Nor does it make sense to condemn those concerned with, or opposed to, ethno-demographic change as bigots. Just because many people feel more comfortable around  (or demonstrate a social preference for) members of their own ethnic group, which may just reflect an affinity for the familiar, does not mean they hate everyone else. A love of “Self” does not imply a hatred of “Other.” It may, however, foster prejudice and social division by preventing intergroup contact. 

Hearing one’s mother tongue can elicit feelings of familiarity similar to observing recognizable faces. It may even override visual differences, such as skin color.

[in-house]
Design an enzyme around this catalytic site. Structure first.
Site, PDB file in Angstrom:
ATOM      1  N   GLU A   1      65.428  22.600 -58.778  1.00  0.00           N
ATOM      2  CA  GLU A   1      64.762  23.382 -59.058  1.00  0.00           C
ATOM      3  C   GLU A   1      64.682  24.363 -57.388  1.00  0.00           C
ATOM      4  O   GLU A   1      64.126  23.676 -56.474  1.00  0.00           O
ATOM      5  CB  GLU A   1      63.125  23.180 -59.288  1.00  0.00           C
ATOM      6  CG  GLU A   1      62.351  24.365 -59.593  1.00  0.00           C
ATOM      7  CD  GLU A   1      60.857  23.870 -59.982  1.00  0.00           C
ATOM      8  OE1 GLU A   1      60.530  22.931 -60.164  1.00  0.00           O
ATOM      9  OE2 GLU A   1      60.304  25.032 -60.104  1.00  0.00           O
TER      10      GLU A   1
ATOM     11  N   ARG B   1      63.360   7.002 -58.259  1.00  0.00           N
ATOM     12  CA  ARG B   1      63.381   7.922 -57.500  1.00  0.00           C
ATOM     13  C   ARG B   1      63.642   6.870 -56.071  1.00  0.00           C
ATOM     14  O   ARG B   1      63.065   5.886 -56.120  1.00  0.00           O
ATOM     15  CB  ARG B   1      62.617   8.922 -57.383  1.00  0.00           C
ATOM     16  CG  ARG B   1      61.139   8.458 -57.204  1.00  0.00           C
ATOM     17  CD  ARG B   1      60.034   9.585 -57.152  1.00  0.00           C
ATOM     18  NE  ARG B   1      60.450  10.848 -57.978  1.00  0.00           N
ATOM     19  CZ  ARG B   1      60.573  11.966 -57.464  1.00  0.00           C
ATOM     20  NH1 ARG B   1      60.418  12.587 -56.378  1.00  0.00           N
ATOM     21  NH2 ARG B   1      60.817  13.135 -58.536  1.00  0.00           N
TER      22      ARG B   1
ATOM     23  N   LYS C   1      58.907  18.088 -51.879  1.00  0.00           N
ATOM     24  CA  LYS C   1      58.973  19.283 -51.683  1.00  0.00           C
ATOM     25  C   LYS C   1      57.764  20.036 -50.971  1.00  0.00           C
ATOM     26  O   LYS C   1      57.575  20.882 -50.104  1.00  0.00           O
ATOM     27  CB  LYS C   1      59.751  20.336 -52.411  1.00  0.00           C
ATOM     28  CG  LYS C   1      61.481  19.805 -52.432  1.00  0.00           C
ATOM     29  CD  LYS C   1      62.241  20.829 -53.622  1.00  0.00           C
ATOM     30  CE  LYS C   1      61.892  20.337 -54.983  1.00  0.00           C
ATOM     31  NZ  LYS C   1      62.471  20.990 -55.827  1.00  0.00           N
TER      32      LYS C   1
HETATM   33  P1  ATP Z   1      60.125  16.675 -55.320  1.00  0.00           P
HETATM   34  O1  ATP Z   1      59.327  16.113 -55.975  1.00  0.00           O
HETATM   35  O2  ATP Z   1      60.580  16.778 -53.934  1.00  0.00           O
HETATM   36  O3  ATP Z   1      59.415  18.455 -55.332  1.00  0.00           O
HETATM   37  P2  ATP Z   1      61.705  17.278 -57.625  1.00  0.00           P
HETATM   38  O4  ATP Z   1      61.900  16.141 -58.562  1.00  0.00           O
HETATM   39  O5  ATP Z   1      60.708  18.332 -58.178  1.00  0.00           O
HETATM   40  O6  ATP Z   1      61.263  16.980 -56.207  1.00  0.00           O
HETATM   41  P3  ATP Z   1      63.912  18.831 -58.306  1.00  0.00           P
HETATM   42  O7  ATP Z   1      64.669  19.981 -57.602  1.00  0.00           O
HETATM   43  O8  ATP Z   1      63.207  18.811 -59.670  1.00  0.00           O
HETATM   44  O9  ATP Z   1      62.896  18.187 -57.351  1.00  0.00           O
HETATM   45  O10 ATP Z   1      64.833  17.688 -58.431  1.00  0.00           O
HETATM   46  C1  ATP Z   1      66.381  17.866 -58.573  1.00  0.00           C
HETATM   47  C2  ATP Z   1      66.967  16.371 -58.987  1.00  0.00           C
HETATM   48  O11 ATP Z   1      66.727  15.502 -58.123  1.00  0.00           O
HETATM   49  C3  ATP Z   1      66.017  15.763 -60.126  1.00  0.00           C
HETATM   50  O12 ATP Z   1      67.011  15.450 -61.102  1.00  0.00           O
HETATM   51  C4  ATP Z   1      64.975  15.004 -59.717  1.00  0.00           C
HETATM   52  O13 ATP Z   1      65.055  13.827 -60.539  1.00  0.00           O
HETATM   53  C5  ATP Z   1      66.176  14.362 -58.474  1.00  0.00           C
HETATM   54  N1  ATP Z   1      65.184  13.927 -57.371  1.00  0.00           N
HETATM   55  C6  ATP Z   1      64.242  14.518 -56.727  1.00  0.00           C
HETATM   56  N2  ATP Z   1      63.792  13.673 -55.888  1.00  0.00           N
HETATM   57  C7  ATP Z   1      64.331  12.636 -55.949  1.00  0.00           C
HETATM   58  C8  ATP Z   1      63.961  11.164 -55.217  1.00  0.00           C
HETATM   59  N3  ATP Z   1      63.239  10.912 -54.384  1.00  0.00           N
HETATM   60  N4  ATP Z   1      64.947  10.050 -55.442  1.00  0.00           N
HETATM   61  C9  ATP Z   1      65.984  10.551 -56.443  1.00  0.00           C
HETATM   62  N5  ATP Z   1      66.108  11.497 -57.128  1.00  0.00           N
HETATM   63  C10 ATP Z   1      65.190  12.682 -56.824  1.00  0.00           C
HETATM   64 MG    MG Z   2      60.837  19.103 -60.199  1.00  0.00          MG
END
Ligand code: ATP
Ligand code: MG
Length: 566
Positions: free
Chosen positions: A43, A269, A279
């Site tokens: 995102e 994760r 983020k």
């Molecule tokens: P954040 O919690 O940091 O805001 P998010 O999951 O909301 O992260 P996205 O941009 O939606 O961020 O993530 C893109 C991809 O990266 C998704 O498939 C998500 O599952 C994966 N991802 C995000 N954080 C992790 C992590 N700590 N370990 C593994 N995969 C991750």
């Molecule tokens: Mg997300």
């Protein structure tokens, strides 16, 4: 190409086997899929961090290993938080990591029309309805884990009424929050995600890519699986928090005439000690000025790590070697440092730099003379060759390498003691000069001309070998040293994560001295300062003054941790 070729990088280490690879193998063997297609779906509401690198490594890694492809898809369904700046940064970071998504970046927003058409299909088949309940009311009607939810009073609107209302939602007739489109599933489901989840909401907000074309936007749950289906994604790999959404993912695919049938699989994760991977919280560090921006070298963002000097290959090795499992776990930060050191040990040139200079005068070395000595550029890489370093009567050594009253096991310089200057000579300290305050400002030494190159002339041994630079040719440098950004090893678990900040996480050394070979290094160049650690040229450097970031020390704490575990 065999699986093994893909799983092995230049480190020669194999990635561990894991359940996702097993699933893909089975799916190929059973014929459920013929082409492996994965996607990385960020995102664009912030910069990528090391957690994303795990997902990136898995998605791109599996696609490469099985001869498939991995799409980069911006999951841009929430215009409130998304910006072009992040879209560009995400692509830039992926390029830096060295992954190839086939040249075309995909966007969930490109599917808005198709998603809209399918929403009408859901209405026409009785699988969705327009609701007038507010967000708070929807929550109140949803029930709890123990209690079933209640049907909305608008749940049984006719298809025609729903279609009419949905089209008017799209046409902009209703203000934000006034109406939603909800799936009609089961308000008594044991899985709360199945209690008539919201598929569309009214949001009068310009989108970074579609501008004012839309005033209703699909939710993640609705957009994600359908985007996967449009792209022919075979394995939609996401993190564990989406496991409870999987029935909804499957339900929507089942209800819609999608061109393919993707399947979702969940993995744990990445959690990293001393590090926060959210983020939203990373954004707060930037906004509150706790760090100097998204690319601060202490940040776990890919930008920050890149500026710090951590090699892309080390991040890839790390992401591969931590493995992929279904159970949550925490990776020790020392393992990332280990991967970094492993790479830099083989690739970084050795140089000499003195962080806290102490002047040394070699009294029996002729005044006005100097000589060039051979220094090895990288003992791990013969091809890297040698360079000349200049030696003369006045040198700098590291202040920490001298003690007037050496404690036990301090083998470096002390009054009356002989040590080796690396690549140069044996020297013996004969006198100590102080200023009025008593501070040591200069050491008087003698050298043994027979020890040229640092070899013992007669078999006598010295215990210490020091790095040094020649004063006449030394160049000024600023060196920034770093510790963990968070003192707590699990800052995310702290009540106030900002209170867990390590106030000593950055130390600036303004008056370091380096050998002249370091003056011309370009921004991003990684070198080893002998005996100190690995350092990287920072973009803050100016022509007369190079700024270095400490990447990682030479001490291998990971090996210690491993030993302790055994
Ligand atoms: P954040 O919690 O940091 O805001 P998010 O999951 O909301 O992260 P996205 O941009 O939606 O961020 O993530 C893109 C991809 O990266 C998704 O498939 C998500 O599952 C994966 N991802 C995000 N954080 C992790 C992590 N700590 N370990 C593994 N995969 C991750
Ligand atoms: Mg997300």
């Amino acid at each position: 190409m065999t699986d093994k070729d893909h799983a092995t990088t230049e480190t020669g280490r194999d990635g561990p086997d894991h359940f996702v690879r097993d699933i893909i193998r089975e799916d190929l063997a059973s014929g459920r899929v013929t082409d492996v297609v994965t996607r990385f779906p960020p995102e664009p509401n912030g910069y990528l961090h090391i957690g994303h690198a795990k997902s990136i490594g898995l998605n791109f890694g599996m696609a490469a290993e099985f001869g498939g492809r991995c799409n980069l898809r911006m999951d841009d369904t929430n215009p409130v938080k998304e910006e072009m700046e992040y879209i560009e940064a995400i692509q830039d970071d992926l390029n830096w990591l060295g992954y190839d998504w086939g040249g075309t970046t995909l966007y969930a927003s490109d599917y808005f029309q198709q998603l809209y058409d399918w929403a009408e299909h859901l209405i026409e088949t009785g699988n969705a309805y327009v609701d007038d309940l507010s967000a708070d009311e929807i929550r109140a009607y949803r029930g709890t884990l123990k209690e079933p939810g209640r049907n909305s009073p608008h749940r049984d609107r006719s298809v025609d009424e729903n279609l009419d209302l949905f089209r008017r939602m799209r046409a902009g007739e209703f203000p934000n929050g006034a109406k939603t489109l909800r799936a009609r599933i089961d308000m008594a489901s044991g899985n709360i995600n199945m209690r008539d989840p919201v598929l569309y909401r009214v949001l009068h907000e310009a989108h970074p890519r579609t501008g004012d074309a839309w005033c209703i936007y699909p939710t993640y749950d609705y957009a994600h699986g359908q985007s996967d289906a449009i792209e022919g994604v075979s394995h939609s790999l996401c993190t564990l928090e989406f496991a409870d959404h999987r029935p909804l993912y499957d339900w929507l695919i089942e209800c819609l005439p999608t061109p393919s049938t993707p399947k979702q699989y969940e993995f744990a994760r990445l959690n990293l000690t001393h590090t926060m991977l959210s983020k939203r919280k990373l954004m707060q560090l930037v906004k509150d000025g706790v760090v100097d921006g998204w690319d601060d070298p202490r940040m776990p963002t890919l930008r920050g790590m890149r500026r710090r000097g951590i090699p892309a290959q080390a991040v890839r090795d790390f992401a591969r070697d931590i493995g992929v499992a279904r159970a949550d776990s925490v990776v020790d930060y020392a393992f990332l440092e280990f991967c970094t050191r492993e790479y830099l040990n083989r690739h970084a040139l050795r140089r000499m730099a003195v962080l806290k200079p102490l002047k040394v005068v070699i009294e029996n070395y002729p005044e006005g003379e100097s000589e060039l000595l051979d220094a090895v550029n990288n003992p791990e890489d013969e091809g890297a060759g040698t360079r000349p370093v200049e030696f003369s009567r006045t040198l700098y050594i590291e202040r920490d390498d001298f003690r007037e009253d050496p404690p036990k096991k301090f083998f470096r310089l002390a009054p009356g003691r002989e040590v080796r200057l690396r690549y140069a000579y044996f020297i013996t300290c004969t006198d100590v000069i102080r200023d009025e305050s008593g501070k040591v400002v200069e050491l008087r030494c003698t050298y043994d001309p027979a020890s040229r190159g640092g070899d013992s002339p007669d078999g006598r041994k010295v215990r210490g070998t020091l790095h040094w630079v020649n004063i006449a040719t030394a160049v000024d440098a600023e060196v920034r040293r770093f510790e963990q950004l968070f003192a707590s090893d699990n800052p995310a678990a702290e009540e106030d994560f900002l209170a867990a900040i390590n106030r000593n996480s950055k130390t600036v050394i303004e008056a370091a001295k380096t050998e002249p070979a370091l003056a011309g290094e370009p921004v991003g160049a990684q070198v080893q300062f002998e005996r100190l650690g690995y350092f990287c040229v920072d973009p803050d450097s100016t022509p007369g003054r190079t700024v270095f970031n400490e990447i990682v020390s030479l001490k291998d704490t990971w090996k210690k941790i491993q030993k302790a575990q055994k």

Aside from interracial marriage, which may eventually lead to racial homogeneity of a different kind (though I doubt it, as this is still very much the exception), one possible pathway to counter the negative effects of racial ingroup bias is by expanding the ingroup. According to Kaufmann, this is exactly what has happened in the United States, where “white American” used to be more or less synonymous with “WASP” (White Anglo-Saxon Protestants) but, somewhere along the line, came to include various other European creeds and ethnicities as well, such as Catholics, the Irish, Italians, and Jews. However, given that non-European groups tend to be morphologically more distinct (most notably in terms of pigmentation), and given that humans are visual creatures, there is no guarantee that the same will work for other populations.